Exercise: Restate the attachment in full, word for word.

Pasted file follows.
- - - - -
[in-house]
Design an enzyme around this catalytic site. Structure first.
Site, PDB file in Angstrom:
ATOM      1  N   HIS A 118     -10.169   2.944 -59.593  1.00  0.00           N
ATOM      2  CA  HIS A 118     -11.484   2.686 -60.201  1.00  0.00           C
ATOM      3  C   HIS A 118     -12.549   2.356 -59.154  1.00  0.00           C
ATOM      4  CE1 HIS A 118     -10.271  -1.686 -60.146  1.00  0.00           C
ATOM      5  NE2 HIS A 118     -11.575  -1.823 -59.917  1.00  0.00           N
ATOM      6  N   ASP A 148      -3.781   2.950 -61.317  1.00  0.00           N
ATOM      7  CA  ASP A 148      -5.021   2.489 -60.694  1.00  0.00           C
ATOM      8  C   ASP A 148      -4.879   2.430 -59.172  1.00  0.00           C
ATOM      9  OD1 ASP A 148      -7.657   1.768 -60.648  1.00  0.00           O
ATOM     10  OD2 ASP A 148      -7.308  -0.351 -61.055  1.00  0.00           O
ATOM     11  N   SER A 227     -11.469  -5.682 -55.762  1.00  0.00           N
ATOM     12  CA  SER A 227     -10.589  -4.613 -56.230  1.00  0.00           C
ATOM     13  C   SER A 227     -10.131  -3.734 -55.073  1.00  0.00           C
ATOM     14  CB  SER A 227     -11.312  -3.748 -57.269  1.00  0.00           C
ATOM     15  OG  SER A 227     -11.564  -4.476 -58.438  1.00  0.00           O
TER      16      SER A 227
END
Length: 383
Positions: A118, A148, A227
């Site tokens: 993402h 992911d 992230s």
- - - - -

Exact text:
[in-house]
Design an enzyme around this catalytic site. Structure first.
Site, PDB file in Angstrom:
ATOM      1  N   HIS A 118     -10.169   2.944 -59.593  1.00  0.00           N
ATOM      2  CA  HIS A 118     -11.484   2.686 -60.201  1.00  0.00           C
ATOM      3  C   HIS A 118     -12.549   2.356 -59.154  1.00  0.00           C
ATOM      4  CE1 HIS A 118     -10.271  -1.686 -60.146  1.00  0.00           C
ATOM      5  NE2 HIS A 118     -11.575  -1.823 -59.917  1.00  0.00           N
ATOM      6  N   ASP A 148      -3.781   2.950 -61.317  1.00  0.00           N
ATOM      7  CA  ASP A 148      -5.021   2.489 -60.694  1.00  0.00           C
ATOM      8  C   ASP A 148      -4.879   2.430 -59.172  1.00  0.00           C
ATOM      9  OD1 ASP A 148      -7.657   1.768 -60.648  1.00  0.00           O
ATOM     10  OD2 ASP A 148      -7.308  -0.351 -61.055  1.00  0.00           O
ATOM     11  N   SER A 227     -11.469  -5.682 -55.762  1.00  0.00           N
ATOM     12  CA  SER A 227     -10.589  -4.613 -56.230  1.00  0.00           C
ATOM     13  C   SER A 227     -10.131  -3.734 -55.073  1.00  0.00           C
ATOM     14  CB  SER A 227     -11.312  -3.748 -57.269  1.00  0.00           C
ATOM     15  OG  SER A 227     -11.564  -4.476 -58.438  1.00  0.00           O
TER      16      SER A 227
END
Length: 383
Positions: A118, A148, A227
């Site tokens: 993402h 992911d 992230s």